Sometimes, it seems like half the Arizona lawmakers must be getting paid by the New Mexico tourism department to scare up headlines to keep people away from Arizona.
Sen. Ron Gould’s (R-Lake Havasu City) bill to force universities to allow students and faculty to all carry hidden handguns seems a perfect case in point.
We’d figure the Lake Havasu City heat had baked the poor boy’s brain, except the reckless notion passed the Senate Judiciary Committee and has apparently gained the support of Senate President Pro-Tem Sylvia Allen (R-Snowflake).
The bill’s backers say that guns are not the problem — people are the problem. So if you want to keep bad people with guns from laying waste to the lecture hall, best thing to do is make sure all the good guys are packing.
Just about everyone connected with the state’s universities and community colleges has come out against this strange notion — including all three university police chiefs and all three university presidents.
ASU President Michael Crow asked the remaining sane and sensible lawmakers to consider a shoot-out in a crowded lecture hall — and how the arriving SWAT team would figure out who to take out.
Granted, the law does allow universities and community colleges to prevent people from taking their guns into buildings and stadiums — but only if they pay the substantial cost of putting up gun lockers outside each entrance.
Mind you, the federal Centers for Disease Control reports that people use firearms to kill 31,000 Americans annually. Firearms remain one of the top 10 causes of death in the U.S., especially among young people (like, let’s say, students). Guns account for another 200,000 non-fatal injuries.
Our Constitution protects citizens’ right to bear arms. We support that, but allowing immature students to take hidden weapons into a classroom is not right.
Gould, Allen and the rest of the legislative brain trust figures what we really need are more stressed out students packing heat during finals week. Imagine the debates about evolution you could have in a biology class if the professor and half the students were armed.
A similar measure last year made it all the way through our Legislature, only to fall to a veto by Gov. Jan Brewer who said it was “poorly written.”
We can’t imagine why lawmakers would force this bit of idiocy on the police departments charged with safeguarding all those campuses.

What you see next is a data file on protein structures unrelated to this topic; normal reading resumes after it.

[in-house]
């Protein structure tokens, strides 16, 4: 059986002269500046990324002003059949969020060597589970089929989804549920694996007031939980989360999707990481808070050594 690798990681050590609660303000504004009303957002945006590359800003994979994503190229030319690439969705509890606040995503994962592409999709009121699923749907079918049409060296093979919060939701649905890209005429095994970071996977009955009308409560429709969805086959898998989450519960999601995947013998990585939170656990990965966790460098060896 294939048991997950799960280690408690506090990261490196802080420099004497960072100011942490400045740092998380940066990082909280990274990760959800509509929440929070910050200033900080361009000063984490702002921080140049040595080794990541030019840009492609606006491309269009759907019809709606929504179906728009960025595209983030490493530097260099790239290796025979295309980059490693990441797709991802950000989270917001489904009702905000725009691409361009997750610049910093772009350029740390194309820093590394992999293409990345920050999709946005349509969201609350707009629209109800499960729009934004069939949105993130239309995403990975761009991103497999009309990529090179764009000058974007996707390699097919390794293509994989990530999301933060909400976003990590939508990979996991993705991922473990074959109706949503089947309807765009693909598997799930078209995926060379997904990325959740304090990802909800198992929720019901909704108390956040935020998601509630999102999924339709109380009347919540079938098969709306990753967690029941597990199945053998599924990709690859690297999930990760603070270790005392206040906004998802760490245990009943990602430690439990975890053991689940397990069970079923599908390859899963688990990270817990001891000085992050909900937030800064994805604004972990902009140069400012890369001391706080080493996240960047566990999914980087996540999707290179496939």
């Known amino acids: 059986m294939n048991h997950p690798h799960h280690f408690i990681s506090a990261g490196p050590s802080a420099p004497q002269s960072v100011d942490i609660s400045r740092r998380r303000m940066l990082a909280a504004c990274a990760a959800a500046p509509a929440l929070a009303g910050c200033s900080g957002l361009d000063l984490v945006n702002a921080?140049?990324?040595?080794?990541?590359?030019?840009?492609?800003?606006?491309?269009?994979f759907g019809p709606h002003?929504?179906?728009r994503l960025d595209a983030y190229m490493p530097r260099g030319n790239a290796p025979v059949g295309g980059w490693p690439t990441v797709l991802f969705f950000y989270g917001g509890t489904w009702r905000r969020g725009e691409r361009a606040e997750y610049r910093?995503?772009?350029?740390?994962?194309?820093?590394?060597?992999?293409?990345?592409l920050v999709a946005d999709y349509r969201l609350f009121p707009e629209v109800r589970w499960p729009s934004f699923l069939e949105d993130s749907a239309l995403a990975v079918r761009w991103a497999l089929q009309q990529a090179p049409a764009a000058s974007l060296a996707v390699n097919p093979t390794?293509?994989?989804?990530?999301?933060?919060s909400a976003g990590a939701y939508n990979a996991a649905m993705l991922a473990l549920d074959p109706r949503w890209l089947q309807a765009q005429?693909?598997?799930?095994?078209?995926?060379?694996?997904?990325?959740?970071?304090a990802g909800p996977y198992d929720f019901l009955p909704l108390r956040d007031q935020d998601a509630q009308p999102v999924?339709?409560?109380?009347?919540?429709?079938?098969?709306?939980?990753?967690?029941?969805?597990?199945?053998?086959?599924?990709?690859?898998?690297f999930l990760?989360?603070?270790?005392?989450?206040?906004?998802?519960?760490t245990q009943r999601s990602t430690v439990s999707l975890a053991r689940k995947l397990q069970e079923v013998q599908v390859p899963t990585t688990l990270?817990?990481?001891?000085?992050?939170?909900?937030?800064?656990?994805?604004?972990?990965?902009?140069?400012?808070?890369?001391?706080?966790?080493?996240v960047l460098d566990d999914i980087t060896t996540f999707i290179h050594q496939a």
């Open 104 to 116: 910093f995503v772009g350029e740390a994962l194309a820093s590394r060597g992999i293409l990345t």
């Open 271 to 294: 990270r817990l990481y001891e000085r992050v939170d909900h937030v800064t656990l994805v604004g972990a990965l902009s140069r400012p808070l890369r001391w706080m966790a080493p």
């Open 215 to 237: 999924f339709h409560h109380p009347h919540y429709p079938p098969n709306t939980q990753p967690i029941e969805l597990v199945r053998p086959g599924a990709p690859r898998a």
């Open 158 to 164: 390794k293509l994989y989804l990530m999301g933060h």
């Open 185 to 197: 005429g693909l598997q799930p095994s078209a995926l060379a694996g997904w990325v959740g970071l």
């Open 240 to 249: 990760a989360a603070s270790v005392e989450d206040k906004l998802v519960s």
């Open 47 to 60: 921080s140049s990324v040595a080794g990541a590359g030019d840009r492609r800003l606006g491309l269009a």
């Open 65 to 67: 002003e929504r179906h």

Unless … of course … they’re determined to provoke enough ridicule nationally to satisfy their cynical paymasters at the New Mexico Department of Tourism.
Food bank drive shows heart of this community
You did it again. What a great place to live. What wonderful neighbors to have. We’re talking about the marvelous success of the Payson Area Food Drive, for the third year in a row.
You guys donated nearly $35,000, a whopping $10,000 increase from last year’s total.
Moreover, you donated 68,200 pounds of food — enough to provide nearly 1,400 weekly food boxes. The food donated weighs more than three school buses.
The successful drive hit a crescendo on Super Bowl Sunday, with a final rush of 1,500 pounds of food.
Mind you — both donations and the need proved so strong that the food drive actually raised the target from the original 55,000 pounds.
Chairman Roger Kreimeyer spent countless hours organizing the drive. He called on the help of a wonderful coalition of churches and community groups like the Boy Scouts, Rotary, student groups, many businesses and the local media.
The help from this great-hearted community came just in time to rescue St. Vincent de Paul Food Bank and other groups that feed the hungry here in Rim Country. The food banks have experienced a heart-rending surge in need as a result of this seemingly never-ending economic slump. Just as demand peaked, Valley food banks that once shared donations with local food banks stopped those deliveries to cope with their own soaring demand.
Fortunately, generous people of our beloved community rushed to fill the gap, demonstrating conclusively why we’d rather live here than any place on the planet.
Kreimeyer notes that some people who contributed all they could had difficulties of their own. But they still made sacrifices for their neighbors.
So, congratulations: You answered the call and opened your hearts.
What great place to live.